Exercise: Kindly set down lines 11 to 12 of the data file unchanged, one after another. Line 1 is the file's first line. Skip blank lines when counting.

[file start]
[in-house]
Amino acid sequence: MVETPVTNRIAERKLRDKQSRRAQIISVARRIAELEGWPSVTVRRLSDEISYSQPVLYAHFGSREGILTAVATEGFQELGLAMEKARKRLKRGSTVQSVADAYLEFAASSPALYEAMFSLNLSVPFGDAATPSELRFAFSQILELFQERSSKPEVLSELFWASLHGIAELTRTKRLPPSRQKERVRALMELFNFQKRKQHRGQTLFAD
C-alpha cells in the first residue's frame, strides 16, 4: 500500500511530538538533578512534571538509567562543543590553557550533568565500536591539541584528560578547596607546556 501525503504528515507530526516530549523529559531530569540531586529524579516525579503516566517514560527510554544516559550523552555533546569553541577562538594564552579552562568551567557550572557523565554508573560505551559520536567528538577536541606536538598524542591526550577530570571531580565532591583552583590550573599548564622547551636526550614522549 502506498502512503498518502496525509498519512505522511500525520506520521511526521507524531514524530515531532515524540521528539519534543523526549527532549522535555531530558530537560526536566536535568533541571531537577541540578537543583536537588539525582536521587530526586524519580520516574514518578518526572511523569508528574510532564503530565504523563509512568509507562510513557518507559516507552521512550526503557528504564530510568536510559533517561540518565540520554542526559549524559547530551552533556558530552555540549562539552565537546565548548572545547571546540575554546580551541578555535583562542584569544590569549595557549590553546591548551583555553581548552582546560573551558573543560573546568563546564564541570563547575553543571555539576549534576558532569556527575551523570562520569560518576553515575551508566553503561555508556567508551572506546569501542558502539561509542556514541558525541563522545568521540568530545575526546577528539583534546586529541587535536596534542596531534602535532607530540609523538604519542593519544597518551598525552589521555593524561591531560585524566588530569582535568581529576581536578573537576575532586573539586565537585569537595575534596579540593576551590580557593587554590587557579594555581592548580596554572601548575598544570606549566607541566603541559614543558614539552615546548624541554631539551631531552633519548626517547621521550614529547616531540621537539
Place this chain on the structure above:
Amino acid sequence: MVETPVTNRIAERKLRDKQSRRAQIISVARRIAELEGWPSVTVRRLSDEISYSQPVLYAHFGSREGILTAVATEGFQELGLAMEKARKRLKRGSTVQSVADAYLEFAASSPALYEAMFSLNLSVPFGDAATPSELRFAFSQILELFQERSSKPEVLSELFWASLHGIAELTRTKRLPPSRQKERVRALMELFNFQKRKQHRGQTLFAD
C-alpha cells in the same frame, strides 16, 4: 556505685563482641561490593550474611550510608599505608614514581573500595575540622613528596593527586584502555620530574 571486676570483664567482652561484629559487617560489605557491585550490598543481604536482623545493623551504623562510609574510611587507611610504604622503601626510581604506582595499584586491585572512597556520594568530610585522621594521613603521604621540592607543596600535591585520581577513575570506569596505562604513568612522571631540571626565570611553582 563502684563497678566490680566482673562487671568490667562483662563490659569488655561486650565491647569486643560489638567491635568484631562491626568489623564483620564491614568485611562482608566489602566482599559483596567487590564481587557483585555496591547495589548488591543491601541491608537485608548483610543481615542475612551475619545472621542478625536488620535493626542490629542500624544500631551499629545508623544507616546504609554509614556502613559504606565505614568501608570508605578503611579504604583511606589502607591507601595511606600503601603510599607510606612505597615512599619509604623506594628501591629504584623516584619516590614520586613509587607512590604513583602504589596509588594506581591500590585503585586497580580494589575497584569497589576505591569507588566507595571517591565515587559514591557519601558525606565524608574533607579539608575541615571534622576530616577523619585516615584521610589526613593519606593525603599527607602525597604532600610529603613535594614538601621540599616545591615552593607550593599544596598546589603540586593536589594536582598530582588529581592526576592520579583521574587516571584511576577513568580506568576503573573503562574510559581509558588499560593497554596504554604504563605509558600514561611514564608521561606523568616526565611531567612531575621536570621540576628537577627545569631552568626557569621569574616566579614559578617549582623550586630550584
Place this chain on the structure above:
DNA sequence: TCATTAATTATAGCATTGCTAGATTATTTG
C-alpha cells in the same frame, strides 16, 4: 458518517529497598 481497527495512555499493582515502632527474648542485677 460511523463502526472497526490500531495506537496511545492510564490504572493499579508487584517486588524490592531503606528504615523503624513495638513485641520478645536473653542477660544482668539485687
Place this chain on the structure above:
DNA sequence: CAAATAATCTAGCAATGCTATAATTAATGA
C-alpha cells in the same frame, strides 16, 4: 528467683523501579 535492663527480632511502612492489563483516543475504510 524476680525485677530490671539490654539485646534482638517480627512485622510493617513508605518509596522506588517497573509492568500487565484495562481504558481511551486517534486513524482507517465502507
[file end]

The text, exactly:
DNA sequence: CAAATAATCTAGCAATGCTATAATTAATGA
C-alpha cells in the same frame, strides 16, 4: 528467683523501579 535492663527480632511502612492489563483516543475504510 524476680525485677530490671539490654539485646534482638517480627512485622510493617513508605518509596522506588517497573509492568500487565484495562481504558481511551486517534486513524482507517465502507